Nonessential words: Tips for Cutting Word Count

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As a writer of short stories, I find my short stories aren’t short enough. Too many times I get excited about finding the perfect journal to publish in only to read their submission guidelines and discover my short story exceeds the magazine’s word count guidelines. Decision time. 1. Move on from not so perfect journal, or 2. Though William Faulkner usually gets credit, it was was Sir Arthur Quiller-Couch who said, “Murder your darlings.” It means CUT! It’s not a big deal to cut a few hundred words, but when you’re over by a thousand words or more it means cutting details, dialogue, and superfluous words. You do need to cut items that do not drive the plot. Here’s a real life dilemma I had with a Civil War speculative novel I am writing. I put these conjoined twin brothers in, gave them two whole chapters, and everyone in my workshop group said while they loved their story it did nothing for the novel. I was rather attached to these men, spent quite a bit of time researching them and imagining their lives, but my workshop was right, so I cut them. They may find their way back into this novel or they may find their way into something entirely different, but for now they went bye-bye.

Also, don’t make the mistake of submitting over the word count guidelines. I’ve lied about word count in the past. I suppose there are worse things in this world to lie about. Remember when you thought you were pulling one over on your eighth grade English teacher by adding nonessential words? Rules are there for a reason. It’s a waste of your time and the editors who upon seeing your blatant word count violation, rolls his or her eyes and tosses your lovely story into Never, Neverland. There are too many reasons to get rejected, don’t give them an easy out.

I’ve listed the various genres next to their word counts below. Please do not hundred percent me on these numbers. I didn’t pull them out of the sky, but I also wouldn’t swear on the Bible or my mother’s life. You may also notice inconsistencies between flash fiction and short story word counts. I’ve seen flash fiction publishers go up to 1,000 words. A big chunk of short story publishers, in my experience, think 2,500 words is magical. Herein, lies the problem (for me). I’ve been experimenting with Nano fiction, Micro fiction, and Flash fiction lately. More is not always better. Don’t believe me. I see a correlation between the tiny house movement and modern writing. I wonder about how popular trends affect readers. Do you see where I am going with this? Social media has given us ADHD. If stories are getting shorter and shorter, could it be that readers do not have the attention span for longish fiction? It could be a time or commitment issue. Either way, publishers of short stories are requesting smaller word counts.

So, you’ve decided to go with option two a/k/a murder. Before you cut a conversation out and/or all your adverbs (do go sparingly on adverbs, though. I made a funny. See? Sparingly and adverb…haha) start cutting superfluous words. I recently cut about 300 words that were taking up white space. Here’s a list of my favorites. Enter them into FIND in Word and kill, kill, kill. It is remarkably satisfying.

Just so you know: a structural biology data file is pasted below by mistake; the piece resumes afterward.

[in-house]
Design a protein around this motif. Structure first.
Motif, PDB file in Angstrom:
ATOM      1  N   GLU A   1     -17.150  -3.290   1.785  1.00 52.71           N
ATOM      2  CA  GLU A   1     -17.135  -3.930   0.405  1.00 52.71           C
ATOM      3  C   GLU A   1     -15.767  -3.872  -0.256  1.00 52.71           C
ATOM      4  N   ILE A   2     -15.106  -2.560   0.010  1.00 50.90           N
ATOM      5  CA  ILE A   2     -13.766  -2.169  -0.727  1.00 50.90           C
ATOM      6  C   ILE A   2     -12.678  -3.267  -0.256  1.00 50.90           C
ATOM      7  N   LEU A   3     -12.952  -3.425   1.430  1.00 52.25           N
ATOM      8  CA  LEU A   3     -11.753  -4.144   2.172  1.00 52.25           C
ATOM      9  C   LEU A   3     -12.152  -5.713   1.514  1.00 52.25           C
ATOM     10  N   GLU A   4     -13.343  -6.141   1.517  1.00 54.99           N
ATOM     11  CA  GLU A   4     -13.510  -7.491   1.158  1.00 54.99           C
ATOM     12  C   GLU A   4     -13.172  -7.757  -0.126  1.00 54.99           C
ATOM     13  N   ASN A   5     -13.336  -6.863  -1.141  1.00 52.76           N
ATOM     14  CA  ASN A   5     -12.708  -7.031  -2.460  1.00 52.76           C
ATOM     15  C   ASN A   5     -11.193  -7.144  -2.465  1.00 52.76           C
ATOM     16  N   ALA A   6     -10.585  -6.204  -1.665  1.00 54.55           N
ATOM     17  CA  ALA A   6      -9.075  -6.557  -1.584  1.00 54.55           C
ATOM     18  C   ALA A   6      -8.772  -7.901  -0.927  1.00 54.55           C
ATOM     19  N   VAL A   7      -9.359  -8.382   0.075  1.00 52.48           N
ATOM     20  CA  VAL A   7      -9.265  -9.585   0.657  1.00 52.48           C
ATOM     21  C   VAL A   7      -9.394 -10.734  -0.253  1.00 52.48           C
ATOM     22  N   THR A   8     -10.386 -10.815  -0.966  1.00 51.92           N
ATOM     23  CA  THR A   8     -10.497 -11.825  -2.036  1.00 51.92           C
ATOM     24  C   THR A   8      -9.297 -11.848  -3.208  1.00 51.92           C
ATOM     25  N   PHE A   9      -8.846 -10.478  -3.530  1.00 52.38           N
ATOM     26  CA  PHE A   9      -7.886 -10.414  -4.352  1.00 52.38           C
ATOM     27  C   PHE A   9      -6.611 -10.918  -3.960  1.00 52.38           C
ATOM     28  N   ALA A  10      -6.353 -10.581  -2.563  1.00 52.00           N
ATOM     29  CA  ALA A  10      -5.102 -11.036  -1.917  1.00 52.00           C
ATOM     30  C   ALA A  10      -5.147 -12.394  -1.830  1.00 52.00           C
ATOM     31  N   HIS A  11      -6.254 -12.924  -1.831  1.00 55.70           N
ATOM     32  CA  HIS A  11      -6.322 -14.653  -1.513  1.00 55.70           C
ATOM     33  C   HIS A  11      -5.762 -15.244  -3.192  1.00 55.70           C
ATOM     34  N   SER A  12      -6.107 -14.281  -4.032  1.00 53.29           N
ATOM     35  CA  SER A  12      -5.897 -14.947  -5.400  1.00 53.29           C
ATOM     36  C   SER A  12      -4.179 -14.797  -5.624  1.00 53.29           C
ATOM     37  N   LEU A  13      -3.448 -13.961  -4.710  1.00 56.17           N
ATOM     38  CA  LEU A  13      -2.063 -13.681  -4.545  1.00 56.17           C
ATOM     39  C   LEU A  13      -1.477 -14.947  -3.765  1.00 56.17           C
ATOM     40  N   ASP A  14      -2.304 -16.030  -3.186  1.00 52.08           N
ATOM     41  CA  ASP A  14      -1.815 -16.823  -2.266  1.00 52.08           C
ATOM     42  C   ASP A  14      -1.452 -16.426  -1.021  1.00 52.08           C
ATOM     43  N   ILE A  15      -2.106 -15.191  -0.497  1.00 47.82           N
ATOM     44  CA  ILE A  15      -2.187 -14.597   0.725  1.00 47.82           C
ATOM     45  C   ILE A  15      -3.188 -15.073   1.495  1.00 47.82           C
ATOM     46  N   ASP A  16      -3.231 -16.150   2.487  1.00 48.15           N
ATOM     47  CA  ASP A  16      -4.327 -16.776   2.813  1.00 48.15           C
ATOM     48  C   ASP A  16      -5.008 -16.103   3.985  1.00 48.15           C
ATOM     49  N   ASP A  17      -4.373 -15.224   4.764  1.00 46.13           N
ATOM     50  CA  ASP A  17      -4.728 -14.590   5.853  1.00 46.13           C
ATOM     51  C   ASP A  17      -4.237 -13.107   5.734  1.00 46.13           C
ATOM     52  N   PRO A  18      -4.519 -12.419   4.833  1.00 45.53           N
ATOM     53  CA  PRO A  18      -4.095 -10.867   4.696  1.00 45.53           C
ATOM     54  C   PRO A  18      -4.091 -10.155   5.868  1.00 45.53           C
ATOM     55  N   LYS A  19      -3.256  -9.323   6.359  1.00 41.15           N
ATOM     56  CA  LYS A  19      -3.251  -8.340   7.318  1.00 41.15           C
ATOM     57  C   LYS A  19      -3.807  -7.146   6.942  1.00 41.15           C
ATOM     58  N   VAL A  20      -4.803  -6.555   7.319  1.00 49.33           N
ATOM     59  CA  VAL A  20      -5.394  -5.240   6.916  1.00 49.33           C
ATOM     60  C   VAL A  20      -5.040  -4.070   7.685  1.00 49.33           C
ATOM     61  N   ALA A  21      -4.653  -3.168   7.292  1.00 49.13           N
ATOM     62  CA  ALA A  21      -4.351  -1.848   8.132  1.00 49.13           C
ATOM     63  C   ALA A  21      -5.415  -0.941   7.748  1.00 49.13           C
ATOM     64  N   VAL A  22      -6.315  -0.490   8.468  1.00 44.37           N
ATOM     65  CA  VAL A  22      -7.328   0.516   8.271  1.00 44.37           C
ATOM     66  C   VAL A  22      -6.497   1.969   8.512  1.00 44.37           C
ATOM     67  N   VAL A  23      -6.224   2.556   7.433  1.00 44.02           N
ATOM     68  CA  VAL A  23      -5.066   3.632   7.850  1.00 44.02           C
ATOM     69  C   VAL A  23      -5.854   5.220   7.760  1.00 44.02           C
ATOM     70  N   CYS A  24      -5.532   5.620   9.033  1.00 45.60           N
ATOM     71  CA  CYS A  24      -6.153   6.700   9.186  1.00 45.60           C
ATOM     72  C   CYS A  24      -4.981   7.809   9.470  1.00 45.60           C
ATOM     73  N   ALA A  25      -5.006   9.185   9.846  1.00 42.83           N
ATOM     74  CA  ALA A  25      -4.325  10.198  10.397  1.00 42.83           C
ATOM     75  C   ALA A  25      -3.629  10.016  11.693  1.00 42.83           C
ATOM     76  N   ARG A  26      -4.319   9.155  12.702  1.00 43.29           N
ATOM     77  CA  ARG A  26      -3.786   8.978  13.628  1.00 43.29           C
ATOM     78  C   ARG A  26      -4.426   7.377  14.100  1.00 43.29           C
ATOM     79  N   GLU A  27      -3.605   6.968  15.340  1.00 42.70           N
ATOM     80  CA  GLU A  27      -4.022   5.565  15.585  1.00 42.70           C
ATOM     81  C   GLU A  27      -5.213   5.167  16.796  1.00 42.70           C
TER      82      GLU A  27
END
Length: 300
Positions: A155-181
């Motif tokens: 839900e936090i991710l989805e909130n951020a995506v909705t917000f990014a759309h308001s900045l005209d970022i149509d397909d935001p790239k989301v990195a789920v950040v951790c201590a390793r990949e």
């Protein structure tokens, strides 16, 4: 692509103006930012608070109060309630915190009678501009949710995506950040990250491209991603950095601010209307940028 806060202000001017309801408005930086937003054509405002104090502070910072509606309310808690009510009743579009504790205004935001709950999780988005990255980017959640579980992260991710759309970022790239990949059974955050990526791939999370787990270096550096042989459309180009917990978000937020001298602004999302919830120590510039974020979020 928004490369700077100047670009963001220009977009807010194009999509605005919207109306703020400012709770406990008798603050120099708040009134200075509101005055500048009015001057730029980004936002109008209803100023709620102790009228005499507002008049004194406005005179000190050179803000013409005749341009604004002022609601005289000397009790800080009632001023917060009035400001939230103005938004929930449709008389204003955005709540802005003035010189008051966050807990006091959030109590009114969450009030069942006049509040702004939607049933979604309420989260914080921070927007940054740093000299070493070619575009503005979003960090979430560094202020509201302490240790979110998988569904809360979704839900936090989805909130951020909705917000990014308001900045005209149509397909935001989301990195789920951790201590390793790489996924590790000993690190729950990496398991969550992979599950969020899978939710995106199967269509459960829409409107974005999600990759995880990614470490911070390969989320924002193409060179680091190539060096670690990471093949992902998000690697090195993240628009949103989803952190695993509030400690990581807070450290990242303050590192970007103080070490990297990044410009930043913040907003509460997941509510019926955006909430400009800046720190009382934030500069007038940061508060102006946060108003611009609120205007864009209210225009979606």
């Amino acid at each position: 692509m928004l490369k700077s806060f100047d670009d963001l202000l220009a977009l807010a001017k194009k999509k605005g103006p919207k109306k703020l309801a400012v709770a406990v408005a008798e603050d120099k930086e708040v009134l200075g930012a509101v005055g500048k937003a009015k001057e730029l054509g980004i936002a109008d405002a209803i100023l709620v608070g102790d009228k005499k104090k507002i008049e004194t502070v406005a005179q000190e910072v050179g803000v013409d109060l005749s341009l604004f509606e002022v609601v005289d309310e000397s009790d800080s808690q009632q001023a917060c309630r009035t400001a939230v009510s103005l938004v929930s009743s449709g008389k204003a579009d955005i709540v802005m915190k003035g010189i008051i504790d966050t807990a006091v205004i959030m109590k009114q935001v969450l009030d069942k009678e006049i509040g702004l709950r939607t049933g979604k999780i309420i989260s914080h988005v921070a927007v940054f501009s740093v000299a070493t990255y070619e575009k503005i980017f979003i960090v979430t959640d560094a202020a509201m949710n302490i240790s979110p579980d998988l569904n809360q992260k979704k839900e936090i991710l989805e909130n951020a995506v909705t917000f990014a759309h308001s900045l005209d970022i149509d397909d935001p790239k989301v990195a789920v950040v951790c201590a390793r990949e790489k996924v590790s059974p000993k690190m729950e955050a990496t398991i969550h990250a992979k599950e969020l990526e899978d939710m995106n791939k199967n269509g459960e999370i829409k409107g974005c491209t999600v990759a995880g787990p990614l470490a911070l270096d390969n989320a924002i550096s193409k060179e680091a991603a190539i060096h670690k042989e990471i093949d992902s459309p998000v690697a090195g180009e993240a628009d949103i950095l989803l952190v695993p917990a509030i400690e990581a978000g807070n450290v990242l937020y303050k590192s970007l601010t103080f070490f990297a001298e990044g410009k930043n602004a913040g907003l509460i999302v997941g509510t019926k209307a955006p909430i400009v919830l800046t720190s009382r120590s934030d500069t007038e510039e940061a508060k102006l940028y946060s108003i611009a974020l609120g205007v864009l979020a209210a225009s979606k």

Joy-killing Words (plus-ly): all, almost, begin, could, down, from, just, might, may, of, rather, start, some, sudden, that, the, then, up, which, very, and -ly

In addition to cutting your adverbs, be selective with adjectives as well. You can also cut connectives (and, but) and prepositional phrases by looking for prepositions (of, in, from).

If you are writing in passive tense, please stop. No really, stop. My joy-killing word search method will weed out some passive voice issues, but not all. Active Voice: I cut joy-killing words. Passive Voice: Joy-killing words must be cut. While you are only cutting one word, one word turns in two, three, even fifty. Plus, active voice is more immediate.

For those non-writer types who for some reason follow my blog (thanks MOM), if you don’t trust an under 50-word story, here’s a famous six word story accredited to Hemmingway: “For Sale. Baby Shoes. Never Worn.” The reader fills in the blanks. If there’s an arc there’s a story. An arc doesn’t ensure a good story, but you can’t have a story without one. That’s a topic for another day, though.

Nano Fiction: 55 or less

Micro Fiction: 300 or less

Flash Fiction: 500 or less and up to 1,000

Short Story: (starting at 1,000) or 2,000-7,500

Novelettes: 7,500-17,000

Novella: 17,000-40,000

Novel: Over 40,000 (or starting at 50,000*)

*See NaNoWriMo where you can sign up to write a novel in a month. It’s how I wrote my first novel, not that the 30-day version was good, but it was definitely a start.

Live the story you want to read!

A Homage to Cat Lovers, featuring Buddy: My favorite Feline-Based Short Stories

Buddy, missing Since 12/5/2019 and Found 9/1/2020

I am writing this post is to honor charities, rescuers, fosters, adoptees, and all lovers of cats, but in particular to honor my sister, Aleea, who after searching for NINE MONTHS for Buddy, finally brought him home yesterday.